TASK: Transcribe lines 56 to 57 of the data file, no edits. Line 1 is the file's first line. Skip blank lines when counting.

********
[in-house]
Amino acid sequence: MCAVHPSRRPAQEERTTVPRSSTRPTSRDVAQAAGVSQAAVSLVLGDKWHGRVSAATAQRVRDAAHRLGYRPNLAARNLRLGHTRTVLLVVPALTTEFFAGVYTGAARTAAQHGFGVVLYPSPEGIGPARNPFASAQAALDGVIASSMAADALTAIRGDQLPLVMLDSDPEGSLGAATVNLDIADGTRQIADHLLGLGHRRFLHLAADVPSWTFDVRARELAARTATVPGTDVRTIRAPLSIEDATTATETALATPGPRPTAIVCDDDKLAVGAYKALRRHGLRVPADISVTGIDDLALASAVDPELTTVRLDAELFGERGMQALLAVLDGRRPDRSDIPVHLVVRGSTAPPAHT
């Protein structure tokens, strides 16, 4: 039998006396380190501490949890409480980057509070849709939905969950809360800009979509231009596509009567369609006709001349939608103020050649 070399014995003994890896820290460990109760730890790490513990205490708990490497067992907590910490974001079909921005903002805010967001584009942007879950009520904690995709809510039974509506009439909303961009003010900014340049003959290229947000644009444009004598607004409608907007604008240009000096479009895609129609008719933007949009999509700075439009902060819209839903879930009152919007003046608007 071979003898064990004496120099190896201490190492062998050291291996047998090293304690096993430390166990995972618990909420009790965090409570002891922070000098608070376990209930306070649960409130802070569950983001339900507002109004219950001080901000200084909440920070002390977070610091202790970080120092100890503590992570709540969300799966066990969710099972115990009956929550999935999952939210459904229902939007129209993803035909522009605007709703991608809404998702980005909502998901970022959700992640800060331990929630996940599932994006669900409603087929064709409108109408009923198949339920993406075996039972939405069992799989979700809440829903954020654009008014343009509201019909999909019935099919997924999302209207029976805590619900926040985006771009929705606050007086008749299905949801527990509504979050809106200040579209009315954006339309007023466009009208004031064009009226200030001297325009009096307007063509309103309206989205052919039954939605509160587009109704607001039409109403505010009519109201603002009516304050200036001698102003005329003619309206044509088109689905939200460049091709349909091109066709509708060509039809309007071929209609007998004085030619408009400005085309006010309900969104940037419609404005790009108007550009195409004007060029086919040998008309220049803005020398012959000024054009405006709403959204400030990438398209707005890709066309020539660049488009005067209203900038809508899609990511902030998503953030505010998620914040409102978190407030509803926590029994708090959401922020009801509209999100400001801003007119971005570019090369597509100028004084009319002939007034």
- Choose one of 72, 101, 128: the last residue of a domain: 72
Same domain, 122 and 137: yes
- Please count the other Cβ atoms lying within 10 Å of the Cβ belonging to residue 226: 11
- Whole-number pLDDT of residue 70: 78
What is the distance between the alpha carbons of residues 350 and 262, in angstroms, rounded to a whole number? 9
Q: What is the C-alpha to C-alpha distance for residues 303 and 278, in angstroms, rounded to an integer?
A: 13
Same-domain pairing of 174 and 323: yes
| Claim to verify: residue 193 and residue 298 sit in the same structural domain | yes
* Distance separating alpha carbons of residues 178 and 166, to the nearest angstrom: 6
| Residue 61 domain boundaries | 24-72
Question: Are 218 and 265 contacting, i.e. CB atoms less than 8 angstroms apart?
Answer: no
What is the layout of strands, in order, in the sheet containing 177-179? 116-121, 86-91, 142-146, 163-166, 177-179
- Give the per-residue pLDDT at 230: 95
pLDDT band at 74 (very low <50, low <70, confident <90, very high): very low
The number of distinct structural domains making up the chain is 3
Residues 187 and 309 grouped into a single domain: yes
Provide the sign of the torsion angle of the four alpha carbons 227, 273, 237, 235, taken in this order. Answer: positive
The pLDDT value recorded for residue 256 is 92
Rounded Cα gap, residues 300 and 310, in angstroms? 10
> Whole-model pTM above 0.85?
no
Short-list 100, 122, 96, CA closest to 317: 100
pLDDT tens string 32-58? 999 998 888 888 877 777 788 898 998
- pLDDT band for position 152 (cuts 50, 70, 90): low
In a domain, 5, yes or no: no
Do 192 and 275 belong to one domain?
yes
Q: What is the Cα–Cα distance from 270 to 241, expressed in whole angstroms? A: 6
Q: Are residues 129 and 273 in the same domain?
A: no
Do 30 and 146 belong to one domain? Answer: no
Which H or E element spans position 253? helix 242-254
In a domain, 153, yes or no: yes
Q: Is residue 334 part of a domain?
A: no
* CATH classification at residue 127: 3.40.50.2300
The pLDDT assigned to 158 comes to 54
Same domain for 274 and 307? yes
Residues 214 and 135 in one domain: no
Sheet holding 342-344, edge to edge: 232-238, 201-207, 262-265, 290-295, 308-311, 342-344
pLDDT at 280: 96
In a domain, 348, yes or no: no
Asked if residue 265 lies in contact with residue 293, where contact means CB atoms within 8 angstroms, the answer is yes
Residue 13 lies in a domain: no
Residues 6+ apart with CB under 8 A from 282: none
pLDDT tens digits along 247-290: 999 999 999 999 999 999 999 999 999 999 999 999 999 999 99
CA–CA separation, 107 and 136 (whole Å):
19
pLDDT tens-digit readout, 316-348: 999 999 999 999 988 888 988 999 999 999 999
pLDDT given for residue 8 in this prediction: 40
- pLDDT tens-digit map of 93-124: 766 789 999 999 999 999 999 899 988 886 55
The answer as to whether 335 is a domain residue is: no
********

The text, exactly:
- pLDDT tens-digit map of 93-124: 766 789 999 999 999 999 999 899 988 886 55
The answer as to whether 335 is a domain residue is: no